According to a 2016 estimate, the USA is home to about ten million undocumented immigrants. In the years since those numbers were publicized, the public sentiment toward foreigners seems to have shifted. The minority of U.S. citizens who have a problem with immigrants is getting louder by the year. But is being illegal a crime in and of itself?
Is Being an Undocumented Immigrant a Criminal Violation?
Nowadays, some people seem to think that entering a country unlawfully should be a criminal violation. Several states, including Arizona, have attempted to criminalize the presence of illegal aliens.
But at this point, being an illegal immigrant in the U.S. isn’t a crime. Still, entering the country without going through the proper channels is a civil violation. As such, undocumented immigrants live with the constant threat of discovery and deportation.
Even so, there are many sanctuary cities all across the country. In those places, law enforcement officers aren’t obligated to report illegal residents to ICE. The only reason to involve Immigration and Customs Enforcement would be if an immigrant had committed a criminal offense.
Because of that, most undocumented immigrants make it a point to live within the lines of the law. With that in mind, we wanted to talk about how these people might navigate the legal gray area they live in.
How Often Do Undocumented Immigrants Break the Law?
As you know, some citizens feel a sense of unease when thinking about undocumented immigrants. Still, most illegal immigrants are law-abiding residents of the country. In fact, studies show that citizens commit crimes at a much greater rate than illegal aliens.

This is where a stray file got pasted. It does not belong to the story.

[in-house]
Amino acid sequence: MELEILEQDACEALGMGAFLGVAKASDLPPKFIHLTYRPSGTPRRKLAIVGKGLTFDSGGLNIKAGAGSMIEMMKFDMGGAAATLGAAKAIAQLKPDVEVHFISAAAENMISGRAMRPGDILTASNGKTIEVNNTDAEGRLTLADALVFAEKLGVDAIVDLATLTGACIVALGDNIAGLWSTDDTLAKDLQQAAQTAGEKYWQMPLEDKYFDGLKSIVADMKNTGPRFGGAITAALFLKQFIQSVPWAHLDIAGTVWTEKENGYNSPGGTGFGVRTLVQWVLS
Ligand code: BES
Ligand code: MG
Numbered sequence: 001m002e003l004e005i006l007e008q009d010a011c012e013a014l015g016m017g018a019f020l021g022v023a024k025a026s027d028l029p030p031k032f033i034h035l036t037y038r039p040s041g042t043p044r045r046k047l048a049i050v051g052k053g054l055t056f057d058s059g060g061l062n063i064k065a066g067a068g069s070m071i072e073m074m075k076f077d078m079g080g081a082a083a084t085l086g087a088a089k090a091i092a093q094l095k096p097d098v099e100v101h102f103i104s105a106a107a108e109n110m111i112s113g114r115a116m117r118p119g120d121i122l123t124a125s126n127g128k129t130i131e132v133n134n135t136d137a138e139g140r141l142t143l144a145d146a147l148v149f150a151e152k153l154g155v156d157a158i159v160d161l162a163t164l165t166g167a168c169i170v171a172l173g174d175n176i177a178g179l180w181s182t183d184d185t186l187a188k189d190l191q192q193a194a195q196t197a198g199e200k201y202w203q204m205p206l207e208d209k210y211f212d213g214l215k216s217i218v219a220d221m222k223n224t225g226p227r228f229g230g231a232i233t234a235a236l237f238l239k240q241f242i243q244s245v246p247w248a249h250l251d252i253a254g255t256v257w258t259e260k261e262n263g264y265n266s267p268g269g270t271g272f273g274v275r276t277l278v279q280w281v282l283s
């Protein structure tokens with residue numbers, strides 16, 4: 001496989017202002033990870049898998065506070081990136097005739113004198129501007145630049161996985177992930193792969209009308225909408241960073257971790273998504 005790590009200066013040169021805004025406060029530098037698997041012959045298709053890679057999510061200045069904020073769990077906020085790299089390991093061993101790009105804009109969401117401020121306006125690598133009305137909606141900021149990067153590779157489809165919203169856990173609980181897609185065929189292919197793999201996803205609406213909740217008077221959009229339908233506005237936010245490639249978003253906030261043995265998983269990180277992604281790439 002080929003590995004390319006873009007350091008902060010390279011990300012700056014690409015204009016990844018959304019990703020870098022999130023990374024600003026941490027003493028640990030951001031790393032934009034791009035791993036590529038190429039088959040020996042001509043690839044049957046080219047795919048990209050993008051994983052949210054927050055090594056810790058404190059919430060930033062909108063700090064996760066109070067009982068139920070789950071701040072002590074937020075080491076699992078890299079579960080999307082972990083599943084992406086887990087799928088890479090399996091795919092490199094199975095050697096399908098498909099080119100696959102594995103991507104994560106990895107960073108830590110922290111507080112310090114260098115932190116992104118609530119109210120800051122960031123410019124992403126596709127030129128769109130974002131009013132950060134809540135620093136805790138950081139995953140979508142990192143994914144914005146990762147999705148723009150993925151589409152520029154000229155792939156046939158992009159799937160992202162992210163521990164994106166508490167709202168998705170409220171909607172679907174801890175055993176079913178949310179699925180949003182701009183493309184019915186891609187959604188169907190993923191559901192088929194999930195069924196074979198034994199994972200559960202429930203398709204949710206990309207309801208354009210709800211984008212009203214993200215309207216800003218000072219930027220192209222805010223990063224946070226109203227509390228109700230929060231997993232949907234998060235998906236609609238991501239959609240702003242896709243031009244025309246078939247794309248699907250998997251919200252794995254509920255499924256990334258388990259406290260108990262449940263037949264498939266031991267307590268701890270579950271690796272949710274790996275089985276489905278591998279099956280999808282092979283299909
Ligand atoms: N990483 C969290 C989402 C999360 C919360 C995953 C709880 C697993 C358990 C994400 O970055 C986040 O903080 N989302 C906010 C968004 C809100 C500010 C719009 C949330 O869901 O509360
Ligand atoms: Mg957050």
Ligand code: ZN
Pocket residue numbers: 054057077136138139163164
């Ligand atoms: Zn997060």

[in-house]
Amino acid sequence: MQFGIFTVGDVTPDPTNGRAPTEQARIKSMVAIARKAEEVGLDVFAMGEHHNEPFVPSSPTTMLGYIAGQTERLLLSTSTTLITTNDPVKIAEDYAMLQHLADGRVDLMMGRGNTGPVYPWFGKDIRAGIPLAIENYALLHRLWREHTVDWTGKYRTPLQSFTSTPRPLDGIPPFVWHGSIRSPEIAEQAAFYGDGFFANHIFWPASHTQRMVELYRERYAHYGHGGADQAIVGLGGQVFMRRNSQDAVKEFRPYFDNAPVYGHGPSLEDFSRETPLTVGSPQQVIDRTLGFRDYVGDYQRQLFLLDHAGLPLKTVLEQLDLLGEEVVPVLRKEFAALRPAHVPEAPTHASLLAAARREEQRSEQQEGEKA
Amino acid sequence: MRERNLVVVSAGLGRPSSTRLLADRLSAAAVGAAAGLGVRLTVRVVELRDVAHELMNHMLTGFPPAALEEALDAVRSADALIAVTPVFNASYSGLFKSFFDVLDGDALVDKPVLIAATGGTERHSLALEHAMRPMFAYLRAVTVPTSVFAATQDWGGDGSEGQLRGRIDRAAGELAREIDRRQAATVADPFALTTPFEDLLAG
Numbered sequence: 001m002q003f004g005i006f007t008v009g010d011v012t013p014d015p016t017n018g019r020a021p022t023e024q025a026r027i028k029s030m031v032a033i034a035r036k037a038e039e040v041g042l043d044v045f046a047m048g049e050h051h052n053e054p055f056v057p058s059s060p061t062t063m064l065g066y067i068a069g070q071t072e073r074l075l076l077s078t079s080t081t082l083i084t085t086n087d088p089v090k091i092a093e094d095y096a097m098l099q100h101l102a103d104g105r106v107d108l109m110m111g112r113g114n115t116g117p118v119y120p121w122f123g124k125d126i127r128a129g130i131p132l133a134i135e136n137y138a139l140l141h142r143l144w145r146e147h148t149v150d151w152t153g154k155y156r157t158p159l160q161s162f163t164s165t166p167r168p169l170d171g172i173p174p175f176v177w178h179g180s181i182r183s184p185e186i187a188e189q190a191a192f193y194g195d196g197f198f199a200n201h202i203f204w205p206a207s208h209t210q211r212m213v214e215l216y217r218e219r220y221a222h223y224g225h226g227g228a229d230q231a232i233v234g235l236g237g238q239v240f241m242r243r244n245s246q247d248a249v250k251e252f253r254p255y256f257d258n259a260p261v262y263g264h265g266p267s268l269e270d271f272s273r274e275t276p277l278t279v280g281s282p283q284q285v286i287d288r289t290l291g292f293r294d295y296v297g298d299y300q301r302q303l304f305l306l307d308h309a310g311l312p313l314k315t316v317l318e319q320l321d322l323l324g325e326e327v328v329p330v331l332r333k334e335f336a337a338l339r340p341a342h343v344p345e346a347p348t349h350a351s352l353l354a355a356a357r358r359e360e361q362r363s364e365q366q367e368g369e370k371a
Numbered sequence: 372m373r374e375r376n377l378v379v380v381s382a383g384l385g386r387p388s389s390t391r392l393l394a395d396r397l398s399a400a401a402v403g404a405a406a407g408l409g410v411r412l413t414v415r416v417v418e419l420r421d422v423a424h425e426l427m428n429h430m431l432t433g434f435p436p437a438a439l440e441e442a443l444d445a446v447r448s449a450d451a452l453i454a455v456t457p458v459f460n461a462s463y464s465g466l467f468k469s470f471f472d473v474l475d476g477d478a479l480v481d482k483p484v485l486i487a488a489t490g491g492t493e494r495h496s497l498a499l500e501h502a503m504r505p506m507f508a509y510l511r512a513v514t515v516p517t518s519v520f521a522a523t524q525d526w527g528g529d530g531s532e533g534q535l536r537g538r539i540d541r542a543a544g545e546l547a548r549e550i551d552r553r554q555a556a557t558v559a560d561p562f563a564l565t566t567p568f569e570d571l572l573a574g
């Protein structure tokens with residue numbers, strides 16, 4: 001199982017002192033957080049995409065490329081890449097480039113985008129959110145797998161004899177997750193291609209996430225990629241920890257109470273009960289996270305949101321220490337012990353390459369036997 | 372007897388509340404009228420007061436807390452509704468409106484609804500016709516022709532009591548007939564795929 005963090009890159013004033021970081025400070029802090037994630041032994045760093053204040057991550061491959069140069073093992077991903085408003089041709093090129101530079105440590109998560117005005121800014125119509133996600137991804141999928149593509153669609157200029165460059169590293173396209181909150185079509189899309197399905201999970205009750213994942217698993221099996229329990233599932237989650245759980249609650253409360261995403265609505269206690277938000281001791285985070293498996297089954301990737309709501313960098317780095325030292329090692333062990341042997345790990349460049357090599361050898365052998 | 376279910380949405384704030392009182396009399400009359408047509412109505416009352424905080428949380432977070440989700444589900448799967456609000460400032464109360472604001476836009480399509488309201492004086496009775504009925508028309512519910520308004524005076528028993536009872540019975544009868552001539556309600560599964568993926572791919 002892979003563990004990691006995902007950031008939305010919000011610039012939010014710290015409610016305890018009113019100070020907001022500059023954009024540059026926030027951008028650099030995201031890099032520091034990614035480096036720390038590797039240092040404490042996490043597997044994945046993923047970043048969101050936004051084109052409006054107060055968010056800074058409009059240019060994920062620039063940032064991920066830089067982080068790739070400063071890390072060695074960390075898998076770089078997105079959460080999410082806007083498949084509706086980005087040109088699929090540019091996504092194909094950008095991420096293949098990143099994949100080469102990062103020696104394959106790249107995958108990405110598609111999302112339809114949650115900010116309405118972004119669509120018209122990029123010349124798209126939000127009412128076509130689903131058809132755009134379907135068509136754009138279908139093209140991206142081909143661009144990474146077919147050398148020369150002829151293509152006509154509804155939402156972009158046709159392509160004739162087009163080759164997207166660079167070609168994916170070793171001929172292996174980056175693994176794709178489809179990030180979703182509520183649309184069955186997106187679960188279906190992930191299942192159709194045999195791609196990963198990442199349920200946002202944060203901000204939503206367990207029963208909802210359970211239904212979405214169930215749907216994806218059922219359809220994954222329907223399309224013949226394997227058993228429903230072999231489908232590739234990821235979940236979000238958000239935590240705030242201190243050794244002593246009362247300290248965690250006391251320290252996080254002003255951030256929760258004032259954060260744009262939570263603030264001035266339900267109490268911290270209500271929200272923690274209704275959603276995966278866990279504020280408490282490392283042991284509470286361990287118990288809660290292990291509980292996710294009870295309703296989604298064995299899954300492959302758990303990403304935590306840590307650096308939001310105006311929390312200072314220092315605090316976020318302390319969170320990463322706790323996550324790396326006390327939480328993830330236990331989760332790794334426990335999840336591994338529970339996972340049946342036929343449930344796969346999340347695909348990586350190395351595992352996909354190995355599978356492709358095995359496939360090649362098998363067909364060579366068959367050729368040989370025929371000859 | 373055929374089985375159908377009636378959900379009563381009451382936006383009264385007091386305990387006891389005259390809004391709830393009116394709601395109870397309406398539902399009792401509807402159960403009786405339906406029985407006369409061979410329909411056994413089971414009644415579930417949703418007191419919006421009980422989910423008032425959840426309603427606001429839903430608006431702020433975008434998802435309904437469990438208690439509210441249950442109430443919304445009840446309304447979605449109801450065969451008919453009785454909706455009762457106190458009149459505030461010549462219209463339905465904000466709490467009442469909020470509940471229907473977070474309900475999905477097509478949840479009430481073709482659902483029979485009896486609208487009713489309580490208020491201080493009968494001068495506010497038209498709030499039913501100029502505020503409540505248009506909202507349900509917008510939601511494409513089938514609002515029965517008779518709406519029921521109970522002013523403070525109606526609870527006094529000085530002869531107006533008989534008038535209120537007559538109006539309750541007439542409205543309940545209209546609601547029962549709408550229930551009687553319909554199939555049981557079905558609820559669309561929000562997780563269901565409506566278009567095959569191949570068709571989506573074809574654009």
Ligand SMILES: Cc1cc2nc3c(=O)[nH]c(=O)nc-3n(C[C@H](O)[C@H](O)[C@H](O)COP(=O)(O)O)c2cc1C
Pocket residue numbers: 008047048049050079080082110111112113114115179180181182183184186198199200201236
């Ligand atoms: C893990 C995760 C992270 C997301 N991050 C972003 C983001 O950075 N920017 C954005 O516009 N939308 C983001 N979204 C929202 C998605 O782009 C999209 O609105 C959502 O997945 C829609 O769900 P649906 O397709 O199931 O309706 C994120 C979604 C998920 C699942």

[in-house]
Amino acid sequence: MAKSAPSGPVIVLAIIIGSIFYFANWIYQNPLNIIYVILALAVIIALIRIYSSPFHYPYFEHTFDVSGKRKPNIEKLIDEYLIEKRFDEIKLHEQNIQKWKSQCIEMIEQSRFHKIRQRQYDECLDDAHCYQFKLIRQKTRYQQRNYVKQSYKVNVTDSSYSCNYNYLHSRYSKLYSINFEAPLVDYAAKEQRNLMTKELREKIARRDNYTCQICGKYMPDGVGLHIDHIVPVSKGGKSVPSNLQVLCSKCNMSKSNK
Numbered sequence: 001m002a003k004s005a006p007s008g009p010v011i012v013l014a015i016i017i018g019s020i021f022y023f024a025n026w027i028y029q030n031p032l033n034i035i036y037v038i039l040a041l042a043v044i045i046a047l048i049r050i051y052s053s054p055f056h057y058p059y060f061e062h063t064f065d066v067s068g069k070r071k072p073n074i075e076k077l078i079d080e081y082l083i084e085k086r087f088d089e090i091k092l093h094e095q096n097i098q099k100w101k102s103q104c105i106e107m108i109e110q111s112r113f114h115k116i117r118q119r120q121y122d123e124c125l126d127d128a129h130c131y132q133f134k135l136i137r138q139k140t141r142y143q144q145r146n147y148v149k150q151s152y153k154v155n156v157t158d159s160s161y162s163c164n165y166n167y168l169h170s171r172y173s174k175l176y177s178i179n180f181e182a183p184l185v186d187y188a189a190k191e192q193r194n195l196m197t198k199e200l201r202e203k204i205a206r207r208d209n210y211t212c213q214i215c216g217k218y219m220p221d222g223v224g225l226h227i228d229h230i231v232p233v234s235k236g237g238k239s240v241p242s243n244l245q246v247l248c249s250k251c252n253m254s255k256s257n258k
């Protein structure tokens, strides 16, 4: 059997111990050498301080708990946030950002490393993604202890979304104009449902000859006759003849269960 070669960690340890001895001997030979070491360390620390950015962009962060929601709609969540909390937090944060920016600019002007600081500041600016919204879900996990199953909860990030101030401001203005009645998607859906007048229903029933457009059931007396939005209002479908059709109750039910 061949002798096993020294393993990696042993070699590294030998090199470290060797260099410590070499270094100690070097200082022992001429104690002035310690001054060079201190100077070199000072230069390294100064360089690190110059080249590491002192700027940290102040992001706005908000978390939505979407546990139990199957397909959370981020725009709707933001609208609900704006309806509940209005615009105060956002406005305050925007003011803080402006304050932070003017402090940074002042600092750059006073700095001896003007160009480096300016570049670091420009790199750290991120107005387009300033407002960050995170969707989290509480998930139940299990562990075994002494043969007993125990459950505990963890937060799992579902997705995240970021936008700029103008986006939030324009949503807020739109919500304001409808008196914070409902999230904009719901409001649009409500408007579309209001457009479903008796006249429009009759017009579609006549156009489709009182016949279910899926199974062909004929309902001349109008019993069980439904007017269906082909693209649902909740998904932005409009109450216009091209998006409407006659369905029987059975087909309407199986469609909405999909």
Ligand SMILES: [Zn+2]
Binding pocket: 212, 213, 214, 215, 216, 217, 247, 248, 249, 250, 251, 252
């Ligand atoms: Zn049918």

Contrary to popular belief, immigrants even pay consumption, sales, and property taxes. On top of that, many also pay income taxes. Sadly, they’re not eligible for any of the social programs those tax dollars pay for.
At most, they could send their kids to public schools and receive emergency medical care. But that’s the full extent of the benefits they’re eligible for — they can’t even get welfare or health insurance.
Of course, that’s not to say immigrants don’t have constitutional rights. They can access those that are outlined in the Fourth, Fifth, and Sixth Amendments. That means they:
● Are protected against unreasonable government searches and seizures
● Can opt to remain silent when questioned by law enforcement officers
● Have the right to receive a speedy, public trial
Can an Undocumented Immigrant Become a Legal Citizen?
Ultimately, most immigrants want to become American citizens. Many of them came into the country in the first place to find job opportunities or be closer to their families. Some have been here for the majority of their lives or since early childhood. So deporting them back to their country of origin, when they may not even speak the language, would be particularly cruel.
Fortunately, there are avenues through which undocumented immigrants can become lawful citizens. It’s just harder than one might hope. After all, many illegal immigrants cannot simply apply for a green card and stay in the country. Even marrying a U.S. citizen and having children comes with no guarantee.
Instead, immigrants have to go through the proper channels, which are often incredibly slow. Still, if you make it through the difficult process, you have a chance of becoming a citizen.
So is being illegal a crime in the United States? Well, you won’t go to prison for it since it’s not a criminal offense. Still, as a civil violation, it may result in deportation — unless you make your home in a sanctuary city and follow the rule of the law!